ACANA Wild Prairie Regional Formula Grain-Free Dry Dog Food Guaranteed analysis: Crude protein (35% min.), Crude fat (17% min), Crude fiber (6% max.), Moisture (12% max) First 10 ingredients: Fresh chicken meat, fresh turkey meat, fresh chicken giblets, chicken meal, turkey meal, whole herring meal, whole green peas, whole red lentils, whole chickpeas, and fresh whole eggs
Earthborn Holistic Primitive Natural Grain-Free Natural Dry Dog Food Guaranteed analysis: Crude protein (38% min.), Crude fat (20% min.), Crude fiber (2.5% max.), Moisture (10% max.) First 10 ingredients: Turkey meal, chicken meal, potatoes, chicken fat, whitefish meal, dried egg product, tomato pomace, peas, blueberries, and cranberries
ZiwiPeak Daily-Dog Lamb Cuisine Air-Dried Dog Food Guaranteed analysis: Crude protein (33% min.), Crude fat (27% min.), Crude fiber (1.5% max.), Moisture (15% max.) First 10 ingredients: Lamb meat, lamb or sheep heart, lamb liver, lamb lung, lamb tripe, lamb or sheep kidney, New Zealand green mussel, lecithin, inulin from chicory, and dried kelp
Did You Know?
The truth about meat meal.
In many cases, dry dog foods also contain meat meal, which is a form of rendered animal parts that have been processed and dried, with the moisture removed. Meat, poultry, or fish meal is often used in dry dog food because it’s concentrated and packs more protein into the kibble. AAFCO has stringent guidelines as to what defines such a “meal,” so you can rest assured that while processed, they don’t contain unsavory byproducts like hooves or hair. The higher-quality meat meals name the protein source, e.g. “chicken meal” or “fish meal.”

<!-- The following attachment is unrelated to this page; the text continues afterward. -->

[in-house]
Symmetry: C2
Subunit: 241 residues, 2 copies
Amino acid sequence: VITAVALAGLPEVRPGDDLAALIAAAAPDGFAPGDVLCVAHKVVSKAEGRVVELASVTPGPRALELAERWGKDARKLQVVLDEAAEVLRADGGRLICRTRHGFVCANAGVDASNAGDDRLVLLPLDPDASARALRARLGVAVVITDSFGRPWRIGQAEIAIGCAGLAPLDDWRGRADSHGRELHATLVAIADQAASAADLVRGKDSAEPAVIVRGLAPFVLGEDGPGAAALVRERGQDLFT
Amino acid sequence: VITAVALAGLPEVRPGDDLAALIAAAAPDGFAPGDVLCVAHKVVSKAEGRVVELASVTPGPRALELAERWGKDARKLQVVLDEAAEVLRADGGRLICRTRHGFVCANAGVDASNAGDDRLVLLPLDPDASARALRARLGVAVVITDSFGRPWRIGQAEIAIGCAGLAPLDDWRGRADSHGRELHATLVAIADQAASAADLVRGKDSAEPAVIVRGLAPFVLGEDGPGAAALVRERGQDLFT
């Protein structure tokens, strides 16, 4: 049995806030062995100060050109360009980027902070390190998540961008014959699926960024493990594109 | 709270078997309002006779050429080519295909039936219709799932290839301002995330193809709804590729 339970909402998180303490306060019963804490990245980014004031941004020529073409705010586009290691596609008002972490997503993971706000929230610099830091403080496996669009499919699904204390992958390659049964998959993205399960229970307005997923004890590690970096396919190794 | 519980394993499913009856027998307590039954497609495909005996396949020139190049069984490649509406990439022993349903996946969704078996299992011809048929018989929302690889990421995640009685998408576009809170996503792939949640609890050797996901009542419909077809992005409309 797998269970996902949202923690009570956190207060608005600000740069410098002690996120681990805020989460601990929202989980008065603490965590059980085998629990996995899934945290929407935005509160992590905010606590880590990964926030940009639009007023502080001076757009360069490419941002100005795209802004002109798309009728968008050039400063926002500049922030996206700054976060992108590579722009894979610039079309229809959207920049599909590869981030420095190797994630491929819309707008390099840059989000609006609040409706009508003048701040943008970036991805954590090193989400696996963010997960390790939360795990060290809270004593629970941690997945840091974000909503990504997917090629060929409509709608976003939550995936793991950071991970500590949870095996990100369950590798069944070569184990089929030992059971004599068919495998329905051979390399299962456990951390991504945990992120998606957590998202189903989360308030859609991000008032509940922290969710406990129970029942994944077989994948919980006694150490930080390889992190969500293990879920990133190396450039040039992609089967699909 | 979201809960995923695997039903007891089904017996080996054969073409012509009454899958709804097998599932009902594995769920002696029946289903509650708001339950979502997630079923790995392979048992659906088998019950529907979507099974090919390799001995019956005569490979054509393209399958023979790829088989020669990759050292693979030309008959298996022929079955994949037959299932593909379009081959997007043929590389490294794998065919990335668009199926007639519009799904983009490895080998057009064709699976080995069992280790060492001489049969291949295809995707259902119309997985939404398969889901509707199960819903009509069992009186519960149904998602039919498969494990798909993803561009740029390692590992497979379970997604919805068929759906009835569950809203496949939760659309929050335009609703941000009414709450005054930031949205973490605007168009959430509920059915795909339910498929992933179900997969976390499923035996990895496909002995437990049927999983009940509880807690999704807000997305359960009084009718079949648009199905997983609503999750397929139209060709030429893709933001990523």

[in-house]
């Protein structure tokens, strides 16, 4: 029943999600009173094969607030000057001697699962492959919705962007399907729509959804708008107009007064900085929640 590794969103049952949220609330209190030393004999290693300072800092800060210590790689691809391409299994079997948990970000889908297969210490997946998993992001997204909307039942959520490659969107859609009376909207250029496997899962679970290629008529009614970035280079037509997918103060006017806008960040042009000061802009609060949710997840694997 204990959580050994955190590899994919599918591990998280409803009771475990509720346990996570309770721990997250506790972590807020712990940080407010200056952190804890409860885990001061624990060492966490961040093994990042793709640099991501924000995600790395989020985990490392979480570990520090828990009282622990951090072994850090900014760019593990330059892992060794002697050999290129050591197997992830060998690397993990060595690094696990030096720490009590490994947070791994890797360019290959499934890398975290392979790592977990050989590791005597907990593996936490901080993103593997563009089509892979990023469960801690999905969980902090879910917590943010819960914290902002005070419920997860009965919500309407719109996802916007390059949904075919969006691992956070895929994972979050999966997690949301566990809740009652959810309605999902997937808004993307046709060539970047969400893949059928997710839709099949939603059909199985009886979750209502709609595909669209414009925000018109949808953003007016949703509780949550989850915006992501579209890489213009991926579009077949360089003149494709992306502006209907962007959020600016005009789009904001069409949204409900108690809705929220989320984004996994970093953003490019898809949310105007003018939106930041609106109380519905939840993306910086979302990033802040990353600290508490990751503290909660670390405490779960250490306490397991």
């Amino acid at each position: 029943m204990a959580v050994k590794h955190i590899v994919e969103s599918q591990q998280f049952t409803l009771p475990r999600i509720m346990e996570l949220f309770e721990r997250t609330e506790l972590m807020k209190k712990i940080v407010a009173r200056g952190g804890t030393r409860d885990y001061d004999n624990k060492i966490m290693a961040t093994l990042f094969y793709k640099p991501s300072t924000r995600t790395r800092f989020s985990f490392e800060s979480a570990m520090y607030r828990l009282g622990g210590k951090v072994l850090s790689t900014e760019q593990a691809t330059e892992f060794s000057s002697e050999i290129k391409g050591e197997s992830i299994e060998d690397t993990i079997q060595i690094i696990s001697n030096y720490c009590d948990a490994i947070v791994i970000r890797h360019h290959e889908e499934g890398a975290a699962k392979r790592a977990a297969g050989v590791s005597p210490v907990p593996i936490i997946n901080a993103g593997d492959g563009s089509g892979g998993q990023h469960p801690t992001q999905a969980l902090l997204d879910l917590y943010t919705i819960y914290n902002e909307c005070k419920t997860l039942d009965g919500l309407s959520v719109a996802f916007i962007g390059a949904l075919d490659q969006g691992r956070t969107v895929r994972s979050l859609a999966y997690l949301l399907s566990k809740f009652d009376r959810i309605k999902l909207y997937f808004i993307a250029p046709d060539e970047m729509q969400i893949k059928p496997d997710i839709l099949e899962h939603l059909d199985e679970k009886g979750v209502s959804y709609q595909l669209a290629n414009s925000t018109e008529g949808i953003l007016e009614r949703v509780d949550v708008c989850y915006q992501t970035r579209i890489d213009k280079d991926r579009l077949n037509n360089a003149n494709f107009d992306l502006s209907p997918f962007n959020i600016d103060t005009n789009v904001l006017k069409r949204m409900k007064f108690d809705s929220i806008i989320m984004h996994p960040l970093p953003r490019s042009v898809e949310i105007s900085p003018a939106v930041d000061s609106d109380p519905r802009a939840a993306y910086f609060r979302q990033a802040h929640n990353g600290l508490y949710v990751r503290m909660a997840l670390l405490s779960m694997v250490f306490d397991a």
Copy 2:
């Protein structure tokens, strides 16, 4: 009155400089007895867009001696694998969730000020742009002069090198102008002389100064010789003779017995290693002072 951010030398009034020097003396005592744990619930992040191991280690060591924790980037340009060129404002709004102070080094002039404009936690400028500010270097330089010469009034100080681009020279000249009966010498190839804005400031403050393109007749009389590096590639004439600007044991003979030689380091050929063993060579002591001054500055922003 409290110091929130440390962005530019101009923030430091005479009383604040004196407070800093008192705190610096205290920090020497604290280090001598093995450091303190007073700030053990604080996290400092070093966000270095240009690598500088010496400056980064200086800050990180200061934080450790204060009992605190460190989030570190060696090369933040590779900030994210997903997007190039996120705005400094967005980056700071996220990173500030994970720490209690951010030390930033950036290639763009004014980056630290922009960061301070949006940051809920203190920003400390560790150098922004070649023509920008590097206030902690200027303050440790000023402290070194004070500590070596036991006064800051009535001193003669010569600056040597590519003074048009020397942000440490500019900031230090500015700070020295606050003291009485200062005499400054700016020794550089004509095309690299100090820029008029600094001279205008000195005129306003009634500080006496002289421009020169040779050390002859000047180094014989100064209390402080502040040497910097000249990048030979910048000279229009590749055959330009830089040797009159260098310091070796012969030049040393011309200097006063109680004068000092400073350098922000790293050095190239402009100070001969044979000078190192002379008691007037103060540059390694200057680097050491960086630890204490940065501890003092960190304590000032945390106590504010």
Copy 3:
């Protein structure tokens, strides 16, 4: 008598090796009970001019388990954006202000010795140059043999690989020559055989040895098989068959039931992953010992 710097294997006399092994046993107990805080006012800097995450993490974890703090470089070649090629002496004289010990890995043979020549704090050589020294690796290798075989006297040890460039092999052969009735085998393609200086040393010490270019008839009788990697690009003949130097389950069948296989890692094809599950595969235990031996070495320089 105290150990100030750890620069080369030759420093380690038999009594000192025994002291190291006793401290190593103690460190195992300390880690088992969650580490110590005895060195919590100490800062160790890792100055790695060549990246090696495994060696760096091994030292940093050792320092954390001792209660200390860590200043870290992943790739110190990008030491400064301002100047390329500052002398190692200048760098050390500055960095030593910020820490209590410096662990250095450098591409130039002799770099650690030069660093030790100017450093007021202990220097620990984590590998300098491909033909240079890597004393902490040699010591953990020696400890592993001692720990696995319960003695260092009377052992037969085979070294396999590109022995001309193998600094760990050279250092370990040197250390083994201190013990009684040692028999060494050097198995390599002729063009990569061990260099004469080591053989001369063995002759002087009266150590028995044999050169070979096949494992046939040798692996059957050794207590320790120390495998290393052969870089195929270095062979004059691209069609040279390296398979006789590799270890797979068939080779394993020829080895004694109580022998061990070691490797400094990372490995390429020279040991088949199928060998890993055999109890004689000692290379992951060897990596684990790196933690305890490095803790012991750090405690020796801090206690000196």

Transitioning to a new food takes time.
If you do decide to try a new brand, take it slowly. Vets recommend switching your dog’s food if you suspect that your dog isn’t thriving on your current food, but not to do it all at once. The most common recommendation is to start with 75% of the old food mixed with 25% of the new food. Gradually increase the proportion of new food over the course of a week; by day 3, it should be 50/50 old and new food, and by day 6, it should be 90-100% of new food.
Only some dog foods have undergone a feeding trial with real dogs.
To meet AAFCO standards, dog food companies must verify that their foods meet a dog’s full nutritional needs one of two ways: either by laboratory analysis, or by a live feeding trial. While all dog foods meeting AAFCO standards are safe for your dog, some nutritionists prefer those tested with a feeding trial. This tells you that the company has actually fed the food to real dogs in formulating it. The label will include a phrase like, “animal feeding tests using AAFCO procedures substantiate that (name of product) provides complete and balanced nutrition.”
Dry dog food doesn’t necessarily improve canine dental health.
A common myth has it that eating dry food helps clean a dog’s teeth via the additional chewing action and friction provided by the kibble. Research doesn’t bear this out, however. It’s important to brush your dog’s teeth regularly; don’t rely on daily doses of dry food to do that for you.